Stay tuned for updates, and maybe even a few of those beloved reruns. Oh, and to the rude, insensitive jerks who ate lunch just before us, thanks!

Monday, October 4, 2010

It Doesn't Take Supreme Talent to Section an Orange… Getting a Show on the Food Network is Another Story

I've shown how to make orange "supremes" before, but never up-close and personal in HD. People seem to enjoy these occasional, quick-and-easy techniques videos, and since they allow me to post a video without much heavy lifting, I enjoy them too.

This is especially true today, because tomorrow Michele and I leave for New York City for my big interview with the Food Network. As most of you know, I won the Next Food Network Star YouTube Challenge, and the Grand Prize was a meet and greet with the show's executives at their studios.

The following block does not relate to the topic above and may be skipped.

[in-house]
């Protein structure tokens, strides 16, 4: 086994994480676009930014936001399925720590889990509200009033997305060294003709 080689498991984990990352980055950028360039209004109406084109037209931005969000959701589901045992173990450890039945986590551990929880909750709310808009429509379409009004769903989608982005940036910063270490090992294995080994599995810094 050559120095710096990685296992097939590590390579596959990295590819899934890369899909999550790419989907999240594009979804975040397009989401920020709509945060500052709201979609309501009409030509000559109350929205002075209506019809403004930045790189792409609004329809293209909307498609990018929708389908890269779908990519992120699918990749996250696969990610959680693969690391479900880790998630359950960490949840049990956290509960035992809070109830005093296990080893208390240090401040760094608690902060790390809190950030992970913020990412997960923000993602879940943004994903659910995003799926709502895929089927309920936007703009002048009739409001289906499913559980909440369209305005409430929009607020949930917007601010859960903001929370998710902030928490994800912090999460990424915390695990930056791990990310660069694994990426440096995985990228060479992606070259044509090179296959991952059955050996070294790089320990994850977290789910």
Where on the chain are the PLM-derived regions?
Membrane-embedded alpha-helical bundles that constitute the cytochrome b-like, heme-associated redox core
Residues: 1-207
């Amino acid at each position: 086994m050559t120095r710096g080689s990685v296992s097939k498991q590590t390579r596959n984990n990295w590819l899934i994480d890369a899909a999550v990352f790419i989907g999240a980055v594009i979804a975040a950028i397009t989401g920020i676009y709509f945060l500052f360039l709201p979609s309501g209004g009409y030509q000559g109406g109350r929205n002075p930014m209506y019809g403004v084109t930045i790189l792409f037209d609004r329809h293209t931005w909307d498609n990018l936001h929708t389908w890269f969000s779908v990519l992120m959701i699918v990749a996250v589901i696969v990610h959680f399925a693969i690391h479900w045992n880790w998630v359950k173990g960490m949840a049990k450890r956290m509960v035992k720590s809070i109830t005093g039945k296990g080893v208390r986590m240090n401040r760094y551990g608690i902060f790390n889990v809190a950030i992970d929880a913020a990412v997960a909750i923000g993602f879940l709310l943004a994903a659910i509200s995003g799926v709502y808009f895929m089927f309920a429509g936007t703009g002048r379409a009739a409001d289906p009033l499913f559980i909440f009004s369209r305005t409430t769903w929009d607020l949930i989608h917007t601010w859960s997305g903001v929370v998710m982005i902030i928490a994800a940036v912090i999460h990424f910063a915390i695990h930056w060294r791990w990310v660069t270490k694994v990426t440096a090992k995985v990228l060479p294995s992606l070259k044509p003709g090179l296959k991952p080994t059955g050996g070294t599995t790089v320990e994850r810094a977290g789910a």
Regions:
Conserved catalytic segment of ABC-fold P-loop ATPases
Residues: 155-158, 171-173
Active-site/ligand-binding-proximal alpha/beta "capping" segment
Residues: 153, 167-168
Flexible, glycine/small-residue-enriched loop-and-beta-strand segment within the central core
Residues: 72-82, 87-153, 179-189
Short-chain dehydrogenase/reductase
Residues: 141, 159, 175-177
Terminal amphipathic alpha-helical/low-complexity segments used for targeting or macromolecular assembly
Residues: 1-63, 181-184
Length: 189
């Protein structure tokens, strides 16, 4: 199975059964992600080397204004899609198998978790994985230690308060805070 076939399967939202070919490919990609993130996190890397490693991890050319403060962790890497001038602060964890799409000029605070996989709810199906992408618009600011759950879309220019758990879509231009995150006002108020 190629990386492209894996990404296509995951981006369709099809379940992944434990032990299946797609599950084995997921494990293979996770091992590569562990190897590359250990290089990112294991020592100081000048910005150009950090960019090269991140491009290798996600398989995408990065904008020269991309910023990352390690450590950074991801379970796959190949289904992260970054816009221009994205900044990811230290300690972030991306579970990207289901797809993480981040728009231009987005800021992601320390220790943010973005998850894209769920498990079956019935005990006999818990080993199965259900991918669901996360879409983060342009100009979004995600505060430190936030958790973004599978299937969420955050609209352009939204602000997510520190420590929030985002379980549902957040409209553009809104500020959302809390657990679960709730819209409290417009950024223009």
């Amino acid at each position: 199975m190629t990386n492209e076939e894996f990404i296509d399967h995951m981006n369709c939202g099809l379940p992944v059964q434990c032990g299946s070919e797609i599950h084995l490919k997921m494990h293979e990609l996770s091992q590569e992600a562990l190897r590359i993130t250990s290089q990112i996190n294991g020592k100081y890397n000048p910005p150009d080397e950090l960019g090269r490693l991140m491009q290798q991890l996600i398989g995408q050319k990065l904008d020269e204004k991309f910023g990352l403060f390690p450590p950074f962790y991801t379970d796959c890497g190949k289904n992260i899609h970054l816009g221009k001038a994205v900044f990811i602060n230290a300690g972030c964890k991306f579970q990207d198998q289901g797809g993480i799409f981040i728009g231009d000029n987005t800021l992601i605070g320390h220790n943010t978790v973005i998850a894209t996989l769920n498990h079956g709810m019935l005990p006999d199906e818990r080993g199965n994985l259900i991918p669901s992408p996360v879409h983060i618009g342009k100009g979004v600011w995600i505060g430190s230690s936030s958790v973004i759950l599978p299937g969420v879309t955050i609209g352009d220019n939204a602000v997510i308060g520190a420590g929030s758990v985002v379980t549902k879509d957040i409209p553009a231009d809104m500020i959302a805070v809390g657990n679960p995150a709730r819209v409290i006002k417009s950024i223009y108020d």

I'm very excited to build some new bridges, which is a crucial first step to burning them down. I have no idea what or when I'll be able to post, so bear with me during what could be a life-altering week.

The best way to share in this great adventure is to follow me on Twitter. By the way, if you're still wondering what the hell Twitter is all about, this is the perfect opportunity to experience it in all its narcissistic glory. Wish me luck, and as always, enjoy!

Saturday, October 2, 2010

Getting a Rise from a Ciabatta Bread Video Response